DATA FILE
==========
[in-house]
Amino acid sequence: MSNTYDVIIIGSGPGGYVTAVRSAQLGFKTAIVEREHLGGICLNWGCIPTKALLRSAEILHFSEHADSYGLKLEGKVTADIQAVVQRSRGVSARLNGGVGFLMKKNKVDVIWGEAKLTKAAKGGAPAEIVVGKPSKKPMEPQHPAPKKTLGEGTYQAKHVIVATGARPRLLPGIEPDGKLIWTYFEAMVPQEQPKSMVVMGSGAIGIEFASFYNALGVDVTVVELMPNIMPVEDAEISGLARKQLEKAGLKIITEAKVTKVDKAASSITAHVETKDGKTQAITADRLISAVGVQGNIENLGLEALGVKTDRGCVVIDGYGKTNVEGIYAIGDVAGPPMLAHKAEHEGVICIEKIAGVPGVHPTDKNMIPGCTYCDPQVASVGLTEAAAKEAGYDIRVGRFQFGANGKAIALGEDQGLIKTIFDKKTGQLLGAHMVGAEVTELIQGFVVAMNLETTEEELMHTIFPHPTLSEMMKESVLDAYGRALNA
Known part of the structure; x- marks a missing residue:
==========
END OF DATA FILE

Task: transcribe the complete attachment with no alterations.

[in-house]
Amino acid sequence: MSNTYDVIIIGSGPGGYVTAVRSAQLGFKTAIVEREHLGGICLNWGCIPTKALLRSAEILHFSEHADSYGLKLEGKVTADIQAVVQRSRGVSARLNGGVGFLMKKNKVDVIWGEAKLTKAAKGGAPAEIVVGKPSKKPMEPQHPAPKKTLGEGTYQAKHVIVATGARPRLLPGIEPDGKLIWTYFEAMVPQEQPKSMVVMGSGAIGIEFASFYNALGVDVTVVELMPNIMPVEDAEISGLARKQLEKAGLKIITEAKVTKVDKAASSITAHVETKDGKTQAITADRLISAVGVQGNIENLGLEALGVKTDRGCVVIDGYGKTNVEGIYAIGDVAGPPMLAHKAEHEGVICIEKIAGVPGVHPTDKNMIPGCTYCDPQVASVGLTEAAAKEAGYDIRVGRFQFGANGKAIALGEDQGLIKTIFDKKTGQLLGAHMVGAEVTELIQGFVVAMNLETTEEELMHTIFPHPTLSEMMKESVLDAYGRALNA
Known part of the structure; x- marks a missing residue: